Gunmen attack luxury hotel in Mali capital, 170 taken hostage (UPDATING) (UPDATE 4)
14:55 (GMT+4) - At least three hostages were killed as gunmen stormed a luxury hotel in Mali's capital, Bamako, according to reports coming in from AFP news agency.
They quote Mali's security ministry.
14:43 (GMT+4) - Six Turkish Airlines staff members are among those in a luxury hotel attacked by gunmen in Mali's capital Bamako on Friday, a Turkish government official said.
"There are six Turkish Airlines personnel in the hotel," the official told Reuters.
14:26 (GMT+4) - AFP news agency also reports that Mali security forces have escorted two women from the hotel.
14:02 (GMT+4) - The security source said as many as 10 gunmen had stormed the building, firing shots and shouting "Allahu Akbar", or "God is great" in Arabic.
The Chinese state news agency Xinhua said several Chinese tourists were among those trapped inside the building.
The company that runs the hotel, Rezidor Group, said it understood that there were two gunmen.
"According to our information, two people are holding 140 clients and 30 employees," it said in a statement quoted by the BBC.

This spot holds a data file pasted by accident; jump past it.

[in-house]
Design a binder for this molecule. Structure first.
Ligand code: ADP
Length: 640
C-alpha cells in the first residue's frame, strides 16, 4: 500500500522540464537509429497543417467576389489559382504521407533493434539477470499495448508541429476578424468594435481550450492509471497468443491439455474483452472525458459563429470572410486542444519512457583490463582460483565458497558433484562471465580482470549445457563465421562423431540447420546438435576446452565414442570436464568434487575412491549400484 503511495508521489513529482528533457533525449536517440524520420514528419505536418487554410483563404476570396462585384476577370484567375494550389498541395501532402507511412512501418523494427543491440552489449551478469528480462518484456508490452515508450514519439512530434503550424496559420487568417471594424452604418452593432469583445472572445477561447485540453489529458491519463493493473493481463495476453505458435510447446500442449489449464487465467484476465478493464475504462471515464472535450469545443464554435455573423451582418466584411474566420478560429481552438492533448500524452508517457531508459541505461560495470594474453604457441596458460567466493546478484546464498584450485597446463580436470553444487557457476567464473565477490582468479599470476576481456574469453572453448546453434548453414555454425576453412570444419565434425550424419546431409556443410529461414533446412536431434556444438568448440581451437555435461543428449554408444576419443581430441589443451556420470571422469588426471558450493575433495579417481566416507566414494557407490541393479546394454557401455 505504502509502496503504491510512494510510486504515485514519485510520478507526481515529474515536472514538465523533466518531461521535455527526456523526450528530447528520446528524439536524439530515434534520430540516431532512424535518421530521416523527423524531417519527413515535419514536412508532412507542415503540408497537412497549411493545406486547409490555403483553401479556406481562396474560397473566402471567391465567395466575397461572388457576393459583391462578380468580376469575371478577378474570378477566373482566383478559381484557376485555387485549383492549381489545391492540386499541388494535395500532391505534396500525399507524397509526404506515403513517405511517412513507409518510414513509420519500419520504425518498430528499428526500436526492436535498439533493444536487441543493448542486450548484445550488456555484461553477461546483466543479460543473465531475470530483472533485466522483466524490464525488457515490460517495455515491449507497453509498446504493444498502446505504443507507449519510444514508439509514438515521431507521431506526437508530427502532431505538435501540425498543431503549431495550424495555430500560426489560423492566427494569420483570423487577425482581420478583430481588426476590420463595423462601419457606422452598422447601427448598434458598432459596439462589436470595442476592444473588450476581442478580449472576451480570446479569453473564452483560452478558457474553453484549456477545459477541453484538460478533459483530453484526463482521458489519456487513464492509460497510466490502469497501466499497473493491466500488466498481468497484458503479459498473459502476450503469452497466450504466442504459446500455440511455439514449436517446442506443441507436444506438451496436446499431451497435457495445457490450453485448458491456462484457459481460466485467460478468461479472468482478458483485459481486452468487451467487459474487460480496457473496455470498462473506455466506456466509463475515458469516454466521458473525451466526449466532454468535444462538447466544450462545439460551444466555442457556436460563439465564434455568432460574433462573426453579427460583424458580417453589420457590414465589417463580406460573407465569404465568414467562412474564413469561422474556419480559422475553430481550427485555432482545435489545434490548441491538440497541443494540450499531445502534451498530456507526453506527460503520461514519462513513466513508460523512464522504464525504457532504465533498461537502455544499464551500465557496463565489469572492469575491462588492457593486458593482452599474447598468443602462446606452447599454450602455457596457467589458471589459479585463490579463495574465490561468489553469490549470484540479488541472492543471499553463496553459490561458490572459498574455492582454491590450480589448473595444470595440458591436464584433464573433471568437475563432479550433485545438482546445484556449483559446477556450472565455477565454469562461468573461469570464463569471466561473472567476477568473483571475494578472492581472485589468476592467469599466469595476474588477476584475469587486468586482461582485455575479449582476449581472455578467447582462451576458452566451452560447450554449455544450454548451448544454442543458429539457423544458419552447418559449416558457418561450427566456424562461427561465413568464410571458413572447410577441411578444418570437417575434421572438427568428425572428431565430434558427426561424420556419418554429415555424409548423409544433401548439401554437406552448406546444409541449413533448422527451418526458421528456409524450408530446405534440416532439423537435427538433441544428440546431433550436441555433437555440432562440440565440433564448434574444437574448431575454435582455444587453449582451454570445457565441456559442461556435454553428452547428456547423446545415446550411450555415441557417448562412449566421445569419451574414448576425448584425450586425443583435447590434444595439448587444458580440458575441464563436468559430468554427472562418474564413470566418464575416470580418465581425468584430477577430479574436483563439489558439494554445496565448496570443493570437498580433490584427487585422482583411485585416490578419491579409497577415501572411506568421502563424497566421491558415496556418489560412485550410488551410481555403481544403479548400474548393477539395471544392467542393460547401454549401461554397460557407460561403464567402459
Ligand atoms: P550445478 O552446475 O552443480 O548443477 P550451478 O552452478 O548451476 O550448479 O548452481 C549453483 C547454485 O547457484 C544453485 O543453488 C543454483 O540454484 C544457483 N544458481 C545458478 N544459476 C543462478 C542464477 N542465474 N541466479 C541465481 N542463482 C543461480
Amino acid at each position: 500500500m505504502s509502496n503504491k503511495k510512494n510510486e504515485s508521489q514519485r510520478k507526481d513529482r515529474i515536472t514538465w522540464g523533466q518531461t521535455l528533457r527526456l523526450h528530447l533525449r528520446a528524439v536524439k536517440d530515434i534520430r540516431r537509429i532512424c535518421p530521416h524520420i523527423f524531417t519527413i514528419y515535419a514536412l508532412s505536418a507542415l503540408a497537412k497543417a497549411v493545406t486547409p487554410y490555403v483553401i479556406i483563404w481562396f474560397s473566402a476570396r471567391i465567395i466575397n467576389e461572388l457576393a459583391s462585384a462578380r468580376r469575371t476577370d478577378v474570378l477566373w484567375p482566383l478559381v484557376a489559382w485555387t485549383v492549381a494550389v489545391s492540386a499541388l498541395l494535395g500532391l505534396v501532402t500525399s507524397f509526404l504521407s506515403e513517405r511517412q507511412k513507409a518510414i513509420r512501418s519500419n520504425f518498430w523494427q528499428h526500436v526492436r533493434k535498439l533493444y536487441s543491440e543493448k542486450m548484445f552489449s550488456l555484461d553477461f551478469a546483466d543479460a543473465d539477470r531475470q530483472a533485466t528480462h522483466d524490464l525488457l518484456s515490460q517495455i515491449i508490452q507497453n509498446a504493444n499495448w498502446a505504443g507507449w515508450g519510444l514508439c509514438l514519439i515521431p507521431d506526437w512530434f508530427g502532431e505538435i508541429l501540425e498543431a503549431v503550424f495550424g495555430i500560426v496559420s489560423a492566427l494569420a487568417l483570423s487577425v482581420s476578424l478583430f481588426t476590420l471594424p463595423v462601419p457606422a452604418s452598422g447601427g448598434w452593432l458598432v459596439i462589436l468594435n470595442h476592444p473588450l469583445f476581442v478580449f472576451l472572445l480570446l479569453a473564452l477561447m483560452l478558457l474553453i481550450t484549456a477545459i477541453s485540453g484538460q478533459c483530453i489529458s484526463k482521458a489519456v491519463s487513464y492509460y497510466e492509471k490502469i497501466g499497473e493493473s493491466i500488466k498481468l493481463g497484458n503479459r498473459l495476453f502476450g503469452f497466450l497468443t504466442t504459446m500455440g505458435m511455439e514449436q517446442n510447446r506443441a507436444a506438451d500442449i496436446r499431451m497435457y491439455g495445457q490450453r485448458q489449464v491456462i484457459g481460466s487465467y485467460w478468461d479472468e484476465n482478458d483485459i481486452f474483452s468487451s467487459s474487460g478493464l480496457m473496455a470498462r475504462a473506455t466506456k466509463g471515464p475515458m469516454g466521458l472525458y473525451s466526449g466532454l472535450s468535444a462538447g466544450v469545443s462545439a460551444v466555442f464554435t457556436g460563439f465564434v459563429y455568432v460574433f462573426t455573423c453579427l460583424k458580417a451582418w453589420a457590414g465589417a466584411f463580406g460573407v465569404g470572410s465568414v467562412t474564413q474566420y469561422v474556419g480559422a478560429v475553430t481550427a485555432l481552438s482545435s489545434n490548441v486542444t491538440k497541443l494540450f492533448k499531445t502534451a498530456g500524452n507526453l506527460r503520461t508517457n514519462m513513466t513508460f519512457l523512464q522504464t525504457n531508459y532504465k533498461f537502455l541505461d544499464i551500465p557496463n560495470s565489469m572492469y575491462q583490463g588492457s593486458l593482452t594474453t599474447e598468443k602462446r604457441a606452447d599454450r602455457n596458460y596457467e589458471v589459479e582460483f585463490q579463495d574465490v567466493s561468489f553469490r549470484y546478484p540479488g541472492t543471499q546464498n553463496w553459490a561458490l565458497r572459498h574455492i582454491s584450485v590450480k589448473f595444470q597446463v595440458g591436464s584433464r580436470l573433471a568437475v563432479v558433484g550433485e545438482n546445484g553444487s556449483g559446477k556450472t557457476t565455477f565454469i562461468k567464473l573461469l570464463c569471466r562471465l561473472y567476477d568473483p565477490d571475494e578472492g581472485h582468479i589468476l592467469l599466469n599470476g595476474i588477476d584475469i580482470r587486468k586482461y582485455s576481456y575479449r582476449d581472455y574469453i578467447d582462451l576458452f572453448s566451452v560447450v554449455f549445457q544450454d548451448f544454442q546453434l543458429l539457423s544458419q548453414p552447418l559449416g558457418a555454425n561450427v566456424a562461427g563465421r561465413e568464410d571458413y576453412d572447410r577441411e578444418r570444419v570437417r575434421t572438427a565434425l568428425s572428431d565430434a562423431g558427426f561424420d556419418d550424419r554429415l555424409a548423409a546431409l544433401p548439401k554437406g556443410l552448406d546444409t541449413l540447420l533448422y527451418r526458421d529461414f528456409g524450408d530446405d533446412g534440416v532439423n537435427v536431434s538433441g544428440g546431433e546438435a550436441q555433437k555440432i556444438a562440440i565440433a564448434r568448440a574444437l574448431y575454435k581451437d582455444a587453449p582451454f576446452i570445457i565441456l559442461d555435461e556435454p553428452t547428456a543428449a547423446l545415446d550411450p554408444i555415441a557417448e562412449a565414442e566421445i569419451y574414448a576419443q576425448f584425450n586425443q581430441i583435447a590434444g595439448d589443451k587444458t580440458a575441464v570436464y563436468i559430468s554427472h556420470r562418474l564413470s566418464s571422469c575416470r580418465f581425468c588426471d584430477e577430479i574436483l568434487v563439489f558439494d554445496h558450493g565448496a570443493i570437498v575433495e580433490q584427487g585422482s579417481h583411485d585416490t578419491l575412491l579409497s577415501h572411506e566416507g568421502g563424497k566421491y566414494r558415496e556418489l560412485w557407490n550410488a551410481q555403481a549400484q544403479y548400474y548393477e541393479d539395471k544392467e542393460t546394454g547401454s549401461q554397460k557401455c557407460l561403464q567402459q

A senior member of the hotel's security detail said two private security guards had been injured in the early stages of the attack, which began at 7 a.m. (0700 GMT).
Witnesses in the area said police had surrounded the hotel and were blocking roads leading into the neighbourhood.
The U.S. Embassy tweeted that it was "aware of an ongoing active shooter operation at the Radisson Hotel," and instructed its citizens to stay indoors.
An Islamist group claimed responsibility for the death of five people last March in an attack on a restaurant in Bamako that is popular with foreigners.
12:58 (GMT+4) - Gunmen shouting Islamic slogans attacked a luxury hotel full of foreigners in Mali's capital Bamako early on Friday morning, taking 170 people hostage, a senior security source and the hotel's operator said, Reuters reported.
The raid on the Radisson Blu hotel, which lies just west of the city centre near government ministries and diplomatic offices in the former French colony, comes a week after Islamic State (IS) militants killed 129 people in Paris.
The identity of the Bamako gunmen, or the group to which they belong, is not known.
Northern Mali was occupied by Islamist fighters, some with links to al Qaeda, for most of 2012. Although they were driven out by a French-led military operation, sporadic violence has continued.